Elements of literature and poetry
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Elements of Literature and Poetry. Setting. The time and place in which the events of a literary work occurs. The setting includes not only physical surroundings but also the: Ideas Customs Values And beliefs of the people who live there. Louisiana. Laizzes les bon temps rouler!.

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Setting
Setting

  • The time and place in which the events of a literary work occurs.

  • The setting includes not only physical surroundings but also the:

    • Ideas

    • Customs

    • Values

    • And beliefs of the people who live there.


Louisiana
Louisiana

Laizzes les bon temps rouler!


Characterization
Characterization

  • The methods used to reveal the personality of a character.

  • Direct Characterization - The author describes a character’s personality.

  • Indirect Characterization - The author suggests traits through the character’s:

    • Words

    • Actions

    • Appearance

    • As well as through the reactions of other characters to the person being portrayed.


Irony
Irony

A contrast or discrepancy between expectation and reality.

  • Verbal Irony - When a person says one thing while meaning another.

  • Situational Irony - When the outcome of a situation is the opposite of what someone expected.

  • Dramatic Irony - When the audience or reader knows something that the characters do not know.


Diction
Diction

The author’s word choice, or use of appropriate words to convey a particular meaning. Vocabulary used by a writer.

Denotation – The meaning of a word found in the dictionary.

Connotation – What a writer implies or how a situation or usage adds to the meaning.


Two headlines and lead paragraphs of two articles from the same day same incident march 11 2003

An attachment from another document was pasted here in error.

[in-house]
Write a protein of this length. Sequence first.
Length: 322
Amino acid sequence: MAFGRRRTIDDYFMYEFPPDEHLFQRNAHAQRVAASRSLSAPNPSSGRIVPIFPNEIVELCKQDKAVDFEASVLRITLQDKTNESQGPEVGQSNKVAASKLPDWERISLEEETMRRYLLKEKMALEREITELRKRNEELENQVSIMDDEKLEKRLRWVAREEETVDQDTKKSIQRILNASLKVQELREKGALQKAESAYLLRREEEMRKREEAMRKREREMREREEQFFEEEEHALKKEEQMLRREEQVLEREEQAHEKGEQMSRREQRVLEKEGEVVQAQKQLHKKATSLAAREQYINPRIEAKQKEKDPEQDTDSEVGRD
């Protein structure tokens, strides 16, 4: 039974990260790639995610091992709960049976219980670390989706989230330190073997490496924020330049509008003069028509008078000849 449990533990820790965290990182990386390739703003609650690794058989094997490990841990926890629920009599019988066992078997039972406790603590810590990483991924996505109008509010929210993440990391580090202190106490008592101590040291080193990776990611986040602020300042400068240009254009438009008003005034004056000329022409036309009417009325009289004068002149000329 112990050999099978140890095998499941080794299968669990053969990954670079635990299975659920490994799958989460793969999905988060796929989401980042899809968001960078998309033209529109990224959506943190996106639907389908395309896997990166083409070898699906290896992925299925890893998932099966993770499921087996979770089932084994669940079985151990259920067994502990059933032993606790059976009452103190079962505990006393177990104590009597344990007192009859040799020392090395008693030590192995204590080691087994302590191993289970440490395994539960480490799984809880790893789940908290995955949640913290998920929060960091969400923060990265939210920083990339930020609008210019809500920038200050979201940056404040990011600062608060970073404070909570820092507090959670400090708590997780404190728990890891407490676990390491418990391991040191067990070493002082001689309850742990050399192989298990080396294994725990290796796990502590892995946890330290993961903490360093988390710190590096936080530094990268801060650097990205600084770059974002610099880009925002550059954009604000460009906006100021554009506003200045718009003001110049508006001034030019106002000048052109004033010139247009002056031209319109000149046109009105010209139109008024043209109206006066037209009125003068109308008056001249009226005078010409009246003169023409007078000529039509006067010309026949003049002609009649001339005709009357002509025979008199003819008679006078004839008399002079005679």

Two Headlines and Lead Paragraphs of Two Articles From the Same Day, Same Incident (March 11, 2003)

The New York Times

Iraq forces suspension of

U.S. surveillance flights

Iraqi fighter jets threatened two

American U-2 surveillance planes,

forcing them to return to abort their

mission and return to base, senior

U.S. officials said Tuesday.

USA TodayU.N. Withdraws U-2 Planes

U.N. arms inspectors said Tuesday they had withdrawn two U-2 reconnaissance planes over Iraq for safety reasons after Baghdad complained both aircraft were in the air simultaneously.


Tone Same Day, Same Incident (March 11, 2003)

  • A reflection of the writer’s attitude toward a subject as conveyed through such elements as:

    • Word choice

    • Punctuation

    • Sentence structure

    • And figures of speech.

  • A writer’s tone may convey a variety of attitudes such as sympathy, irony, sadness, or bitterness.


Mood Same Day, Same Incident (March 11, 2003)

  • The emotional quality, or atmosphere, of a work of literature.

  • A number of elements may contribute to creating mood, such as:

    • The writer’s choice of language

    • Subject matter

    • Setting

    • Tone

    • As well as sound devices such as rhyme, rhythm, and meter.


Foreshadowing
Foreshadowing Same Day, Same Incident (March 11, 2003)

The author’s use of hints or clues to prepare the readers for events that will happen later in a narrative.


Foreshadowing examples
Foreshadowing Examples Same Day, Same Incident (March 11, 2003)

  • Sam wished he could rid himself of the sick feeling in his gut that told him something terrible was going to happen, and happen soon.

  • As the dark clouds rolled in, a brisk wind raised bumps all over my skin.

  • When a character displays a gun or knife early in the story. Merely the appearance of a deadly weapon, even though it is used for an unrelated purpose — such as being cleaned or whittling wood — suggests terrible consequences later on.


Allusion
Allusion Same Day, Same Incident (March 11, 2003)

  • A reference in a work of literature to a well-known:

    • Person

    • Place

    • Event

    • Written work

    • Or work of art.

  • Discovering the meaning of an allusion can often be essential to the understanding of a work.